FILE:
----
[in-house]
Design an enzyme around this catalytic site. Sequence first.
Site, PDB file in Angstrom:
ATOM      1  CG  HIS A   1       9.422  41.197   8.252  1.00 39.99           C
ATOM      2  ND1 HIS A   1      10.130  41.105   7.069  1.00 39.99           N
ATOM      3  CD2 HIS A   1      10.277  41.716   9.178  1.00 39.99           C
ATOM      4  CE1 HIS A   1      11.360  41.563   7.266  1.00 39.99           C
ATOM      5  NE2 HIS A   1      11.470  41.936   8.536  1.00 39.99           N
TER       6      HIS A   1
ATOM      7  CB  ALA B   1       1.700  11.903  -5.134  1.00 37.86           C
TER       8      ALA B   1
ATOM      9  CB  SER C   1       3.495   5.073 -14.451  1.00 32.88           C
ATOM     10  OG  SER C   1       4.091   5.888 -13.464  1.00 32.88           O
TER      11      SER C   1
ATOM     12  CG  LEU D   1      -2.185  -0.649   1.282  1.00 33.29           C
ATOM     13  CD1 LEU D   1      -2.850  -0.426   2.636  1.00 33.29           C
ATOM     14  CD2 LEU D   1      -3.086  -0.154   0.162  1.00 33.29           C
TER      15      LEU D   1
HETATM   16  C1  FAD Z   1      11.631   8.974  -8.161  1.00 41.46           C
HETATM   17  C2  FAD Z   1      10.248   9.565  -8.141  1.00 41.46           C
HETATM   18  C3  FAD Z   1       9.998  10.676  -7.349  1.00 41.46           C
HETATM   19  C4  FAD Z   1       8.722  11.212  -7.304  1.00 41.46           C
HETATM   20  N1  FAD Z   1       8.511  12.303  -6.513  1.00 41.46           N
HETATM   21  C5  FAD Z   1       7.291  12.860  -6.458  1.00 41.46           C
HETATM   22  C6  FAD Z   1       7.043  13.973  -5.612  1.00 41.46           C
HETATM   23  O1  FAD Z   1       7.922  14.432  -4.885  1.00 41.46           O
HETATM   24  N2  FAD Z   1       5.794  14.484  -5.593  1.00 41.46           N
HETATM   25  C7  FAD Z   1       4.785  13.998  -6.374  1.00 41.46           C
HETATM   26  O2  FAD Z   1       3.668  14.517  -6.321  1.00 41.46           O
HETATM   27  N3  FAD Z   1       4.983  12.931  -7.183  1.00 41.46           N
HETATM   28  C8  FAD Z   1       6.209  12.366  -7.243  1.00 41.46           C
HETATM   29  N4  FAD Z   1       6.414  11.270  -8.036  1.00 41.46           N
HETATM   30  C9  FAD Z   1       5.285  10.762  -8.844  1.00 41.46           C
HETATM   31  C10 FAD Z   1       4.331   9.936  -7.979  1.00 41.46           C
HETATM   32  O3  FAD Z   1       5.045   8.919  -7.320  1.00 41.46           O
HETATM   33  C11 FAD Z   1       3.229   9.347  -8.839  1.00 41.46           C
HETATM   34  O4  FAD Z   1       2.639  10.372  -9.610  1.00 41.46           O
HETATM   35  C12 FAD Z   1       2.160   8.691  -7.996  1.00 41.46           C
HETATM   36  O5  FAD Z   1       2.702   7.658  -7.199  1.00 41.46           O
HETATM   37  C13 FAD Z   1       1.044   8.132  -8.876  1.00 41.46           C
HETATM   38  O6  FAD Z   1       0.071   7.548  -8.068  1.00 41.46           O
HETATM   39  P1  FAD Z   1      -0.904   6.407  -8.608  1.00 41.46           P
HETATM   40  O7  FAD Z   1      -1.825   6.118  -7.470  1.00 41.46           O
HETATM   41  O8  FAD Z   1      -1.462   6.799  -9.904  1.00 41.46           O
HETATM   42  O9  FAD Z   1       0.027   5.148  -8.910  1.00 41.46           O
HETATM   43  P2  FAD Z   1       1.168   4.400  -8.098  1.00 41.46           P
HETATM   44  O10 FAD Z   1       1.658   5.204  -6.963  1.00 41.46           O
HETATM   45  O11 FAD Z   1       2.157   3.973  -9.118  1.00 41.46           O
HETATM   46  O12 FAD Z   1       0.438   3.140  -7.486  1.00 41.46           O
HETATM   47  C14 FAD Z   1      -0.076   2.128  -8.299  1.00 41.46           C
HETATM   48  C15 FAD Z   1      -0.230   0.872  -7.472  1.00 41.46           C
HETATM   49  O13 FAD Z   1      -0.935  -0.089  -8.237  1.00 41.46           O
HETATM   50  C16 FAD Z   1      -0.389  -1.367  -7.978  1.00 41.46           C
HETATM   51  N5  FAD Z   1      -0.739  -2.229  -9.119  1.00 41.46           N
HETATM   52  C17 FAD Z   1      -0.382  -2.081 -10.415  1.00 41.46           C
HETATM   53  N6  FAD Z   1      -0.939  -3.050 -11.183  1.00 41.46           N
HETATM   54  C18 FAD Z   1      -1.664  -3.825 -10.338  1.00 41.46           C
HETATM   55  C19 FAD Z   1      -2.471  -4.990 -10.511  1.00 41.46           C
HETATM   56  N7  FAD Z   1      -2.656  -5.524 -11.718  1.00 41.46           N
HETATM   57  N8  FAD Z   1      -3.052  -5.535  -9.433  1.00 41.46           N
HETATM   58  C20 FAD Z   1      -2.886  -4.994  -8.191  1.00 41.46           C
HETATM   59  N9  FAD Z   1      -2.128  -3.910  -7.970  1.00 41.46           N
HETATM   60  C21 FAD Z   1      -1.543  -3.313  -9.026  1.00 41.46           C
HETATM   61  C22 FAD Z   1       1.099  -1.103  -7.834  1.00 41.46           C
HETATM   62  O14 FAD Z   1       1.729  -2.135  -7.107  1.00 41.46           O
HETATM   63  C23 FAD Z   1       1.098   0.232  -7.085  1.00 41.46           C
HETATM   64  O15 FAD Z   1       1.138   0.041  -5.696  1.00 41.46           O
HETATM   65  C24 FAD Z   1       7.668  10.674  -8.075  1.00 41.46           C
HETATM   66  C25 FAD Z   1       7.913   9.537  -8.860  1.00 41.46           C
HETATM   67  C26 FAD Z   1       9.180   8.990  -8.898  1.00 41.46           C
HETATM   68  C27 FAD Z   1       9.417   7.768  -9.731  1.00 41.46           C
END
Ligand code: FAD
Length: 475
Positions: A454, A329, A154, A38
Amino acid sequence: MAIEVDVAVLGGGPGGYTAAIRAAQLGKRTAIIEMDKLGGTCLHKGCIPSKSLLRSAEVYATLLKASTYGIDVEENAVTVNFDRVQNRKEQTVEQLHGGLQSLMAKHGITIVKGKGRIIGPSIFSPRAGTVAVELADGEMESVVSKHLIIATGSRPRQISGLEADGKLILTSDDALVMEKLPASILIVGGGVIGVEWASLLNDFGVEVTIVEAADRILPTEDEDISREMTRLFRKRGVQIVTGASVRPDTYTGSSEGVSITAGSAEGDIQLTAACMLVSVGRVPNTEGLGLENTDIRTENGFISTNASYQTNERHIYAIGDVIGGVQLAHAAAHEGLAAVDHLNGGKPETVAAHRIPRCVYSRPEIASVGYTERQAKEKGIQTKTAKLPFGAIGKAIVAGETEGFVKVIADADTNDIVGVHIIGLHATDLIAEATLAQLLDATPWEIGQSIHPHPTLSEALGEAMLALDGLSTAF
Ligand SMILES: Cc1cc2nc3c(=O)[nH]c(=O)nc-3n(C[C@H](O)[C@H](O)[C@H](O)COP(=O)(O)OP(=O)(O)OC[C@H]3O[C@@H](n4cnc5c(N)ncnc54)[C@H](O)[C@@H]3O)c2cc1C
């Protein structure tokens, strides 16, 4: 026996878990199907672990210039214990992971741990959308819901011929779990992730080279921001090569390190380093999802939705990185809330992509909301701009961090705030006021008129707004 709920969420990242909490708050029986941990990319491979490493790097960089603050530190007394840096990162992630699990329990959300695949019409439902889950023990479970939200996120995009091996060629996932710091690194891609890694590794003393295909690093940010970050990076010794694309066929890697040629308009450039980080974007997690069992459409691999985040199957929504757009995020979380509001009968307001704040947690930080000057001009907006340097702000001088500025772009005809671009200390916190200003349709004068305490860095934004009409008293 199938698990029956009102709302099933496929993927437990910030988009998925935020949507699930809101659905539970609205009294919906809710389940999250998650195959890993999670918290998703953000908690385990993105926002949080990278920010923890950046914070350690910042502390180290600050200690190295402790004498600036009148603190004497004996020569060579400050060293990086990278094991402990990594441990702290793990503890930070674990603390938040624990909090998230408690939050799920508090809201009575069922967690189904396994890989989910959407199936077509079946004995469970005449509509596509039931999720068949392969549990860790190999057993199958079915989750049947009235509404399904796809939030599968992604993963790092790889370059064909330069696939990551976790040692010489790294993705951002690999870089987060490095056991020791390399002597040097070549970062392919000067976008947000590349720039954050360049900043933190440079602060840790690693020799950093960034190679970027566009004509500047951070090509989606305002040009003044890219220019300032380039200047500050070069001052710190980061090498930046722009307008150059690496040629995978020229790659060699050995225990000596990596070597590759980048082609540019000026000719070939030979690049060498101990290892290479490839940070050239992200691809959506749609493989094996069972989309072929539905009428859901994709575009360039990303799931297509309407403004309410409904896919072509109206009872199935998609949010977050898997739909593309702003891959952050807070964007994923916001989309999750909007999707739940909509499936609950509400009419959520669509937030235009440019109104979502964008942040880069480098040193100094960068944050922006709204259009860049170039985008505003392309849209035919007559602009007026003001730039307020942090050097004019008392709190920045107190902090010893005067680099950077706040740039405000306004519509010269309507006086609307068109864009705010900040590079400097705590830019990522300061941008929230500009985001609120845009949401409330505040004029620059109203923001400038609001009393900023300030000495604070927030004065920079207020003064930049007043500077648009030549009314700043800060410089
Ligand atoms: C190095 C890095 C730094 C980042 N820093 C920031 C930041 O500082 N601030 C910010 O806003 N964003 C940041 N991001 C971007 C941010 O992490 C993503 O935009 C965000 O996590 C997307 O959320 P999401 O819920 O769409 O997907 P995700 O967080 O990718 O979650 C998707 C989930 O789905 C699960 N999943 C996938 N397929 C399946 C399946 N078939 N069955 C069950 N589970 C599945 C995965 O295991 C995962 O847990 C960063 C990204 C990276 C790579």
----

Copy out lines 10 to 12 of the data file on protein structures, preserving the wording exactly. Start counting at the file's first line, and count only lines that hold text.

ATOM      7  CB  ALA B   1       1.700  11.903  -5.134  1.00 37.86           C
TER       8      ALA B   1
ATOM      9  CB  SER C   1       3.495   5.073 -14.451  1.00 32.88           C